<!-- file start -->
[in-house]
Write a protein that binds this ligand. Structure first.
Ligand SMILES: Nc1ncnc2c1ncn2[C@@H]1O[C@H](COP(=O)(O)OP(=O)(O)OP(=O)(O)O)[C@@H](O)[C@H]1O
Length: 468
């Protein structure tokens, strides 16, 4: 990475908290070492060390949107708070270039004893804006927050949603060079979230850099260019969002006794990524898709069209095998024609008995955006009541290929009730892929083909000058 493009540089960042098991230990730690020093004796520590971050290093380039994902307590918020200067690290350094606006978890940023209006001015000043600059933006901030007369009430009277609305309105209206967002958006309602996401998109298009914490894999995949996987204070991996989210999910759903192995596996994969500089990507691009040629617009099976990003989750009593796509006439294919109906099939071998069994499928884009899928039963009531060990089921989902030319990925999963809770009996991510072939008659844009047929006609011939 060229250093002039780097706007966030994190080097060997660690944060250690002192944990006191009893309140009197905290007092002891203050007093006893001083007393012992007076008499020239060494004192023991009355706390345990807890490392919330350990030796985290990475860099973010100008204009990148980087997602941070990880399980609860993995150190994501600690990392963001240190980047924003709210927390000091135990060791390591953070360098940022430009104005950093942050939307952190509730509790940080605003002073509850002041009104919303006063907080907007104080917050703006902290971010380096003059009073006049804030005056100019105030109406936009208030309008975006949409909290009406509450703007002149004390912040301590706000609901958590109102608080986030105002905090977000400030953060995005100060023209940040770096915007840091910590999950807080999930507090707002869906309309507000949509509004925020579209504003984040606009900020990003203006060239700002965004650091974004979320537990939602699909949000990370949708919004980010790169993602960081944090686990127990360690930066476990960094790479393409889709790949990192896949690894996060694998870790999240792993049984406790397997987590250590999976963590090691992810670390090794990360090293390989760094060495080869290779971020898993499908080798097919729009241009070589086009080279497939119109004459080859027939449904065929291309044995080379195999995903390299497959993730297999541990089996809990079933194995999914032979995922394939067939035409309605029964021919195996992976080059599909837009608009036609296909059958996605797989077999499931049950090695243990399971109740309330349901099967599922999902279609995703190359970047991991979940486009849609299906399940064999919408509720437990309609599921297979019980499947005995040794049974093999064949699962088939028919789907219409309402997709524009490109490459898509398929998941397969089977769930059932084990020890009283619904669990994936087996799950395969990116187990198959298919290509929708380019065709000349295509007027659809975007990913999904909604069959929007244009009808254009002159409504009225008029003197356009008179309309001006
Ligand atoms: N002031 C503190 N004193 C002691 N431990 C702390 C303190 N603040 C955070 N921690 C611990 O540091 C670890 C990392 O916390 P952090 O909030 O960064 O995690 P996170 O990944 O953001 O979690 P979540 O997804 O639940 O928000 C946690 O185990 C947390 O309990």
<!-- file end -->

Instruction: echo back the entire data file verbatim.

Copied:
[in-house]
Write a protein that binds this ligand. Structure first.
Ligand SMILES: Nc1ncnc2c1ncn2[C@@H]1O[C@H](COP(=O)(O)OP(=O)(O)OP(=O)(O)O)[C@@H](O)[C@H]1O
Length: 468
């Protein structure tokens, strides 16, 4: 990475908290070492060390949107708070270039004893804006927050949603060079979230850099260019969002006794990524898709069209095998024609008995955006009541290929009730892929083909000058 493009540089960042098991230990730690020093004796520590971050290093380039994902307590918020200067690290350094606006978890940023209006001015000043600059933006901030007369009430009277609305309105209206967002958006309602996401998109298009914490894999995949996987204070991996989210999910759903192995596996994969500089990507691009040629617009099976990003989750009593796509006439294919109906099939071998069994499928884009899928039963009531060990089921989902030319990925999963809770009996991510072939008659844009047929006609011939 060229250093002039780097706007966030994190080097060997660690944060250690002192944990006191009893309140009197905290007092002891203050007093006893001083007393012992007076008499020239060494004192023991009355706390345990807890490392919330350990030796985290990475860099973010100008204009990148980087997602941070990880399980609860993995150190994501600690990392963001240190980047924003709210927390000091135990060791390591953070360098940022430009104005950093942050939307952190509730509790940080605003002073509850002041009104919303006063907080907007104080917050703006902290971010380096003059009073006049804030005056100019105030109406936009208030309008975006949409909290009406509450703007002149004390912040301590706000609901958590109102608080986030105002905090977000400030953060995005100060023209940040770096915007840091910590999950807080999930507090707002869906309309507000949509509004925020579209504003984040606009900020990003203006060239700002965004650091974004979320537990939602699909949000990370949708919004980010790169993602960081944090686990127990360690930066476990960094790479393409889709790949990192896949690894996060694998870790999240792993049984406790397997987590250590999976963590090691992810670390090794990360090293390989760094060495080869290779971020898993499908080798097919729009241009070589086009080279497939119109004459080859027939449904065929291309044995080379195999995903390299497959993730297999541990089996809990079933194995999914032979995922394939067939035409309605029964021919195996992976080059599909837009608009036609296909059958996605797989077999499931049950090695243990399971109740309330349901099967599922999902279609995703190359970047991991979940486009849609299906399940064999919408509720437990309609599921297979019980499947005995040794049974093999064949699962088939028919789907219409309402997709524009490109490459898509398929998941397969089977769930059932084990020890009283619904669990994936087996799950395969990116187990198959298919290509929708380019065709000349295509007027659809975007990913999904909604069959929007244009009808254009002159409504009225008029003197356009008179309309001006
Ligand atoms: N002031 C503190 N004193 C002691 N431990 C702390 C303190 N603040 C955070 N921690 C611990 O540091 C670890 C990392 O916390 P952090 O909030 O960064 O995690 P996170 O990944 O953001 O979690 P979540 O997804 O639940 O928000 C946690 O185990 C947390 O309990």